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Why the Holidays Are Hell for People with Binge Eating Disorders

During the Holidays, bingeing is not only tolerated, but encouraged. But for the 30 million Americans who struggle with an eating disorder the holidays are a time when stress and anxiety are at their peak.
Stuffing, roast potatoes, Brussels sprouts, gravy, turkey, ham. Wine, then Irish coffee and Christmas pudding with brandy cream. Then Bailey's. Merry Christmas!

Every year, millions upon millions of American loosen their belts and get ready to throw down in an orgy of face-stuffing during the holiday marathon that lasts from Thanksgiving into the New Year.

Our usual fixation on healthy eating and calorie-counting goes out the window. Binging on starch and lipids and whatever is on the dessert table is not only tolerated, but encouraged. Even we, as a food publication, are complicit in that collective mania.


But for the 30 million or so Americans who struggle with an eating disorder—especially those for whom binging is at the root of their disorder—the holidays are a time when stress and anxiety are at their peak.

Leora Fulvio is a licensed psychotherapist who specialises in the treatment of eating disorders. Fulvio also runs Hypnotherapy for Wellness, which uses hypnosis and and guided meditation techniques to help people cope with their disorders. For her patients, it's probably the most stressful time of the year.

"It sets them out to mil for the rest of the year," Fulvio explains. "For most people, feeling full is a signal to stop eating, but for people with bulimia or binge eating disorder, it's a signal to keep eating. It's like, 'I'm too full and therefore, I'm a bad person, therefore I need to continue punishing myself with food.' So, what they tend to do is go home that night and eat even more. The next morning, they wake up ashamed, depressed, and then December comes, which is a difficult month. "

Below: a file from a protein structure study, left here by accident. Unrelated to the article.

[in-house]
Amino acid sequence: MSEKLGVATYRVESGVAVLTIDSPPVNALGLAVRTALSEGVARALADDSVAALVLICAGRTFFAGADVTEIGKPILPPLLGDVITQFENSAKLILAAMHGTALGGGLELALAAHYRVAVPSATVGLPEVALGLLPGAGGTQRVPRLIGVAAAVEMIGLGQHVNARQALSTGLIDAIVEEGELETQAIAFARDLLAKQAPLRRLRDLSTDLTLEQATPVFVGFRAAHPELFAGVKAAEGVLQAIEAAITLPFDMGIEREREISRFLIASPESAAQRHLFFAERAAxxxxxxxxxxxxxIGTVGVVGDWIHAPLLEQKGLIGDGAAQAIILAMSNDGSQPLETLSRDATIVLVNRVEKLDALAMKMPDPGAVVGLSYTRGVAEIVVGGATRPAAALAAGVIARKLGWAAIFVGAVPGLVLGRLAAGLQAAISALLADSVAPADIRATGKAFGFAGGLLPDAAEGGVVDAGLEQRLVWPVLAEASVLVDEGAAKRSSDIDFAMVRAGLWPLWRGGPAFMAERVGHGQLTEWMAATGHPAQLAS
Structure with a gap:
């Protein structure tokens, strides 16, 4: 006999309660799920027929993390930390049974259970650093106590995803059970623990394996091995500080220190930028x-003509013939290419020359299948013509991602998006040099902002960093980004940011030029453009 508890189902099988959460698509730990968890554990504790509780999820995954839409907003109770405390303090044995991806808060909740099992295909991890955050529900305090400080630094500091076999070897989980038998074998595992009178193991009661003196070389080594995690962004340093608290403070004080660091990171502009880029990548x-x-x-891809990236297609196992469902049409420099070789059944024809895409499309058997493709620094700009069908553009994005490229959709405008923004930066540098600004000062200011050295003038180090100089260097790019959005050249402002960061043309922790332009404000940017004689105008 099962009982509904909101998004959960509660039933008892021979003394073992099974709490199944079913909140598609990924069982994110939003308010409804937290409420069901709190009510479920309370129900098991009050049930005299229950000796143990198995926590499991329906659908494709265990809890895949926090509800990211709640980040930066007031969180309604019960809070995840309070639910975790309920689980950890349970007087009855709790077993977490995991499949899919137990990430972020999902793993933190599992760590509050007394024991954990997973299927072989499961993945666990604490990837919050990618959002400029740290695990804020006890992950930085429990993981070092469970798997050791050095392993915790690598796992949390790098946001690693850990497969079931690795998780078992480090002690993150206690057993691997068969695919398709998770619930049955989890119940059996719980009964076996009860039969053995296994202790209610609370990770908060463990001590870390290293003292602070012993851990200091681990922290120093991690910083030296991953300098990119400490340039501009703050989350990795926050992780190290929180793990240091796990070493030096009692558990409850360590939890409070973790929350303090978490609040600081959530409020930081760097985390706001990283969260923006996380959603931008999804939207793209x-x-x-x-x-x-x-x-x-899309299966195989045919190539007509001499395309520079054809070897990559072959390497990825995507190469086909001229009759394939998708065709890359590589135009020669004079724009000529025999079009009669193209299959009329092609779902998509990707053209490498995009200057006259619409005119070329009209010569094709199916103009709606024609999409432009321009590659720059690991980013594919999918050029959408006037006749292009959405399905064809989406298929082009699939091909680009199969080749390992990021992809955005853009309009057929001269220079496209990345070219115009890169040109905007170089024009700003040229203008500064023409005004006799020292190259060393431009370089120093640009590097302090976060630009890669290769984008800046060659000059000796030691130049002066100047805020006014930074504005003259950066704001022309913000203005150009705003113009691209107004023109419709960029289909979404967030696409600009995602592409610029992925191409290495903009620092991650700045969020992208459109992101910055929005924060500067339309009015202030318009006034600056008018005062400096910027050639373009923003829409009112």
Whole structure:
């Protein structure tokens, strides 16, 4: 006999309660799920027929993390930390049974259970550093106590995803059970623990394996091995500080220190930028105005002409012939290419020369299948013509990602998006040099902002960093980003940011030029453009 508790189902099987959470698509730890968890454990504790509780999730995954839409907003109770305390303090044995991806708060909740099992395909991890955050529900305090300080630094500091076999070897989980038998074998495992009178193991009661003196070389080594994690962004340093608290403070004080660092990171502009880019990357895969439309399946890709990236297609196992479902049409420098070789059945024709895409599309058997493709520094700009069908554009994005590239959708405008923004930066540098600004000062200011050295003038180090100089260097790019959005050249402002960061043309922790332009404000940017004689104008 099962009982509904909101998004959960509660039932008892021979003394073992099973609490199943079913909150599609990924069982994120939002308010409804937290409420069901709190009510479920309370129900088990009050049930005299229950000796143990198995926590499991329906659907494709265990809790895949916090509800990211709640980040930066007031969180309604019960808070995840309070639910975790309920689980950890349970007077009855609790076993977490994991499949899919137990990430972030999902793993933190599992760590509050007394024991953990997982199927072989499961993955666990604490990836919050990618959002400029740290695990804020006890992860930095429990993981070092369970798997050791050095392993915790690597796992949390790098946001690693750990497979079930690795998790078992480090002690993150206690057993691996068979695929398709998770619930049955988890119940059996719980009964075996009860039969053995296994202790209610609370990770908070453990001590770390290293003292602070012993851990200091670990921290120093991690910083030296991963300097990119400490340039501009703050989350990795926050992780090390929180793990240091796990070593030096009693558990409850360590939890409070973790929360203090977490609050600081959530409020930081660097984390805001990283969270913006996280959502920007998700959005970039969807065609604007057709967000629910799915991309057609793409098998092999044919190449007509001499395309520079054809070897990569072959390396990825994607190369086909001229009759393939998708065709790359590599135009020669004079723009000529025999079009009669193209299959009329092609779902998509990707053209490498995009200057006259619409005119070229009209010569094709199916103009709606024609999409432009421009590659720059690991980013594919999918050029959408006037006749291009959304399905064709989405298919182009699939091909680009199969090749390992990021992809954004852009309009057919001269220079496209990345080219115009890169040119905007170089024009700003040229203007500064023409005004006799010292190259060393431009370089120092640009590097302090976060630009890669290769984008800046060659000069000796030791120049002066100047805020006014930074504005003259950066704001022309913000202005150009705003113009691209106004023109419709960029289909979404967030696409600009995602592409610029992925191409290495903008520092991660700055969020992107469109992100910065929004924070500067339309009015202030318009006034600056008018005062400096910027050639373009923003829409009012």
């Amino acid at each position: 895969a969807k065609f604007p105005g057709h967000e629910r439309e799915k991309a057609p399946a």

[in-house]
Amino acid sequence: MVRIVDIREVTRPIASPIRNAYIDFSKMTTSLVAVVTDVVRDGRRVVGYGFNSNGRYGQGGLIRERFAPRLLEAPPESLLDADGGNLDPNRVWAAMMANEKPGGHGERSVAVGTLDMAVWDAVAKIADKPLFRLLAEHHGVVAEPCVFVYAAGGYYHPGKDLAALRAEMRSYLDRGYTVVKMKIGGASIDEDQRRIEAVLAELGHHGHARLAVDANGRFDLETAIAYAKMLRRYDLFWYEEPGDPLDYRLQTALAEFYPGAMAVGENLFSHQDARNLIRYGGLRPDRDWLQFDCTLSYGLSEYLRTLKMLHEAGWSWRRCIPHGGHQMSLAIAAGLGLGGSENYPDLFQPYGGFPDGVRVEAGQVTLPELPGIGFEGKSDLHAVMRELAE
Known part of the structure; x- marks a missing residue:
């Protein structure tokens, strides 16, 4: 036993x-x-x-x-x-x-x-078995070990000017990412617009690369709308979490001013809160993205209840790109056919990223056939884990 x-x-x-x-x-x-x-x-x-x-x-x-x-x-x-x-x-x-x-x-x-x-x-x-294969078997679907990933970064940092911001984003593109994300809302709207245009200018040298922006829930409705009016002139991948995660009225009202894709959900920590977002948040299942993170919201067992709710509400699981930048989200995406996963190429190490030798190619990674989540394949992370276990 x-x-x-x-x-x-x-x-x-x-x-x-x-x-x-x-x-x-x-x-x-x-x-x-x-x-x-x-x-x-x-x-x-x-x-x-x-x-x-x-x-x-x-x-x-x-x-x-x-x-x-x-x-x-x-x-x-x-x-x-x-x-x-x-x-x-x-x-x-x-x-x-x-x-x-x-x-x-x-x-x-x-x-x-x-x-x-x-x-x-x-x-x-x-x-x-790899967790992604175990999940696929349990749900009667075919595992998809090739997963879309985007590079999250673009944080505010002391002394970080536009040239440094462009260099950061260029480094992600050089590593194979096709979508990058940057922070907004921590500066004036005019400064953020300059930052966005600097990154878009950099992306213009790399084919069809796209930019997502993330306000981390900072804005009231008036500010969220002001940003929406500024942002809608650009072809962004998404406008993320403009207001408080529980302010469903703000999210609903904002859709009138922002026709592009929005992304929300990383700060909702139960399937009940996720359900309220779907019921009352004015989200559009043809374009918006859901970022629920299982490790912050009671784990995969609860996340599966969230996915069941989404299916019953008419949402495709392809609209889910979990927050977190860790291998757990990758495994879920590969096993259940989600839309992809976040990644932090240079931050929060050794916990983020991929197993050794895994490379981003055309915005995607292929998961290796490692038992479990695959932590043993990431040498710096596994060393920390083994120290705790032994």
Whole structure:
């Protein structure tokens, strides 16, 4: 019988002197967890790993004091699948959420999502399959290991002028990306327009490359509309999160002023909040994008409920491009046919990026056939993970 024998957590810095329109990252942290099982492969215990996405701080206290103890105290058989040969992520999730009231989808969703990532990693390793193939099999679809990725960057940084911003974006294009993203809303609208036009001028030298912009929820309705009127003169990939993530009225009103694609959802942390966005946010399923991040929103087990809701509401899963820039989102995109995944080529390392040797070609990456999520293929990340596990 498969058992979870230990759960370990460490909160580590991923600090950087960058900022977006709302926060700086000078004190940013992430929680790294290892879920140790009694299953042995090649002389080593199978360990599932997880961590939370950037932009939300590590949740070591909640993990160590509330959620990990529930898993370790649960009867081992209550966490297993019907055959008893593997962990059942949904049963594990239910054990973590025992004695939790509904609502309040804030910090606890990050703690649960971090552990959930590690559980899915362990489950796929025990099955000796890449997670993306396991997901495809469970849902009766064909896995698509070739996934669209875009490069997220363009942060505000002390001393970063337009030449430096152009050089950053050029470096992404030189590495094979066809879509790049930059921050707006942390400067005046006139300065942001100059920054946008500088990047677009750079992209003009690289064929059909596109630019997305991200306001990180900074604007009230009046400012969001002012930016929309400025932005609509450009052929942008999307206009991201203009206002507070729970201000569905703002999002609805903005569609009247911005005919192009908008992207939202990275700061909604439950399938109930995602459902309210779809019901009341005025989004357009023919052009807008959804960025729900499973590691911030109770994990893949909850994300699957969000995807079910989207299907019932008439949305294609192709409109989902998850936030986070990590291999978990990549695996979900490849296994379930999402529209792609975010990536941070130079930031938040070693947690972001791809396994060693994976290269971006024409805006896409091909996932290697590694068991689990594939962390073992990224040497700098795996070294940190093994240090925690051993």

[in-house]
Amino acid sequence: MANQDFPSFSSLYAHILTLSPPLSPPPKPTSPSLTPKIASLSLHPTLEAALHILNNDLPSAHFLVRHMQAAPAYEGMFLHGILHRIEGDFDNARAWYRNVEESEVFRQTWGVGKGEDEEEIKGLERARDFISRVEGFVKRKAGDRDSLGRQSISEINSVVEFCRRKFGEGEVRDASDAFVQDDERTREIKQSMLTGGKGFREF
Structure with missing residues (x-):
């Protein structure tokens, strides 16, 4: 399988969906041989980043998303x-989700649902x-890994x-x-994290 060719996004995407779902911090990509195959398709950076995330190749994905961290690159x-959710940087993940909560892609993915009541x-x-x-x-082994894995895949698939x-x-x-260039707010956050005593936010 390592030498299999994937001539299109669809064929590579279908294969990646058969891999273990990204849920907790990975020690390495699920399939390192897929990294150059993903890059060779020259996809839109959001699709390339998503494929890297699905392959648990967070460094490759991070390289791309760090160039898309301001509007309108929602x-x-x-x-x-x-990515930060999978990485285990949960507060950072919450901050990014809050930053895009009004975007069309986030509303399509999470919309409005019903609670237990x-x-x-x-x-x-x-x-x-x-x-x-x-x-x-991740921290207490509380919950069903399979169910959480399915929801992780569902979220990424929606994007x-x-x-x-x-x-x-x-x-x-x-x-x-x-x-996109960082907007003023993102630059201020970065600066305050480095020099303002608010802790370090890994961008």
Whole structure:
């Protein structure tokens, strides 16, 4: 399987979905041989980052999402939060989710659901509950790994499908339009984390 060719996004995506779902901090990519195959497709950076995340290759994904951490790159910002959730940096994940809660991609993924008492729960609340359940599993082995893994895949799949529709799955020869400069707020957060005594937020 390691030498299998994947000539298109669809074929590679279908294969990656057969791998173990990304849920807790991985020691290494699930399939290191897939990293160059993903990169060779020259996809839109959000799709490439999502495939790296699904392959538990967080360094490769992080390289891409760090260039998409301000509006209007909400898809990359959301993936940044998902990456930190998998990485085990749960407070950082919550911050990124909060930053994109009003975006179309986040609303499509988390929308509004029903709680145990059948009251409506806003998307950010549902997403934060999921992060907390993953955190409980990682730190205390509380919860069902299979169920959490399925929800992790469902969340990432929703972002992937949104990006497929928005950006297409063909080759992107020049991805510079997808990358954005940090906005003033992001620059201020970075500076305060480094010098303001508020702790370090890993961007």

Leora Fulvio.

Think of it as a hangover—except, unlike as with alcohol, you need to eat more food to survive, which makes these disorders doubly hard to treat. "There's a deep sense of shame and wanting to hide and hating themselves," adds Fulvio.

And while the rest of the population gorges itself with the fam, said fam can have a huge impact on the outcome. Copious amounts of food, compounded by stressful family dynamics, create a perfect storm for people dealing with bulimia and binge eating disorder.


"The dynamics are different with every family, but it's difficult for many people," Fulvio says. "There's the stress of family, and with that comes sneak-eating for people with eating disorders, like grabbing food quickly while no one is looking. Also, not being able to concentrate or focus is a big thing, because they're obsessed with the food or obsessed with not eating it."

Fulvio is keenly aware of how family dynamics are a huge stressor for many of those dealing with eating disorders—fat-shaming grandmothers especially. "Some grandmas are the worst!" she laughs.